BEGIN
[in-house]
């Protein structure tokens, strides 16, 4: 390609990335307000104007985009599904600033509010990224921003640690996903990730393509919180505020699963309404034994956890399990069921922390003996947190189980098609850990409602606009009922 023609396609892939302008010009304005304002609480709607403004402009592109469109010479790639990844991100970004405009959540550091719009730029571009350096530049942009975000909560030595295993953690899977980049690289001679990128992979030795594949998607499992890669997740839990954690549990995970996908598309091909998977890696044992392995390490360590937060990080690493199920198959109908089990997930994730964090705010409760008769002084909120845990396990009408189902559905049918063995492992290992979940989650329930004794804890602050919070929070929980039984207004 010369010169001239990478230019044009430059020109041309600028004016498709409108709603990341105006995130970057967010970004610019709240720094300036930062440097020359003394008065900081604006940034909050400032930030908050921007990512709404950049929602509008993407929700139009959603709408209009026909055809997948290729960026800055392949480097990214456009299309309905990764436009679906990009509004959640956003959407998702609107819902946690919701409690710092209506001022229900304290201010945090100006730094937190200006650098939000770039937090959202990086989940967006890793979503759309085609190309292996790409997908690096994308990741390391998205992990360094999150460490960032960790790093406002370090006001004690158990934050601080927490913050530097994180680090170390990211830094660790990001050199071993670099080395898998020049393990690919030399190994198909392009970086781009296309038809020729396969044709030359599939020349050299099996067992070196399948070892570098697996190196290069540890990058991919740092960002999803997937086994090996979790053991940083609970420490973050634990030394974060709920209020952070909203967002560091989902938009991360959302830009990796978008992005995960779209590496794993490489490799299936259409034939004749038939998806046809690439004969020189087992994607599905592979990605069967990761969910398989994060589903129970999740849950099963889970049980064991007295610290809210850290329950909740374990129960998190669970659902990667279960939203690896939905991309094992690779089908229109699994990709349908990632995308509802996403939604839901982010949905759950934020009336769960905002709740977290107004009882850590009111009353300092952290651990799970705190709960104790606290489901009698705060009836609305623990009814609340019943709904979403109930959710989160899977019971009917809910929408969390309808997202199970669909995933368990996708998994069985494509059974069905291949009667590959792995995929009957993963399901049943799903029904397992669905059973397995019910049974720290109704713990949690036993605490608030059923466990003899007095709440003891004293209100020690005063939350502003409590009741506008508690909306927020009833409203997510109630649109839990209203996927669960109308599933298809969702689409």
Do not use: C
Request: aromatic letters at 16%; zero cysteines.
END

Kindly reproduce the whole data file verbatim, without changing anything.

[in-house]
């Protein structure tokens, strides 16, 4: 390609990335307000104007985009599904600033509010990224921003640690996903990730393509919180505020699963309404034994956890399990069921922390003996947190189980098609850990409602606009009922 023609396609892939302008010009304005304002609480709607403004402009592109469109010479790639990844991100970004405009959540550091719009730029571009350096530049942009975000909560030595295993953690899977980049690289001679990128992979030795594949998607499992890669997740839990954690549990995970996908598309091909998977890696044992392995390490360590937060990080690493199920198959109908089990997930994730964090705010409760008769002084909120845990396990009408189902559905049918063995492992290992979940989650329930004794804890602050919070929070929980039984207004 010369010169001239990478230019044009430059020109041309600028004016498709409108709603990341105006995130970057967010970004610019709240720094300036930062440097020359003394008065900081604006940034909050400032930030908050921007990512709404950049929602509008993407929700139009959603709408209009026909055809997948290729960026800055392949480097990214456009299309309905990764436009679906990009509004959640956003959407998702609107819902946690919701409690710092209506001022229900304290201010945090100006730094937190200006650098939000770039937090959202990086989940967006890793979503759309085609190309292996790409997908690096994308990741390391998205992990360094999150460490960032960790790093406002370090006001004690158990934050601080927490913050530097994180680090170390990211830094660790990001050199071993670099080395898998020049393990690919030399190994198909392009970086781009296309038809020729396969044709030359599939020349050299099996067992070196399948070892570098697996190196290069540890990058991919740092960002999803997937086994090996979790053991940083609970420490973050634990030394974060709920209020952070909203967002560091989902938009991360959302830009990796978008992005995960779209590496794993490489490799299936259409034939004749038939998806046809690439004969020189087992994607599905592979990605069967990761969910398989994060589903129970999740849950099963889970049980064991007295610290809210850290329950909740374990129960998190669970659902990667279960939203690896939905991309094992690779089908229109699994990709349908990632995308509802996403939604839901982010949905759950934020009336769960905002709740977290107004009882850590009111009353300092952290651990799970705190709960104790606290489901009698705060009836609305623990009814609340019943709904979403109930959710989160899977019971009917809910929408969390309808997202199970669909995933368990996708998994069985494509059974069905291949009667590959792995995929009957993963399901049943799903029904397992669905059973397995019910049974720290109704713990949690036993605490608030059923466990003899007095709440003891004293209100020690005063939350502003409590009741506008508690909306927020009833409203997510109630649109839990209203996927669960109308599933298809969702689409």
Do not use: C
Request: aromatic letters at 16%; zero cysteines.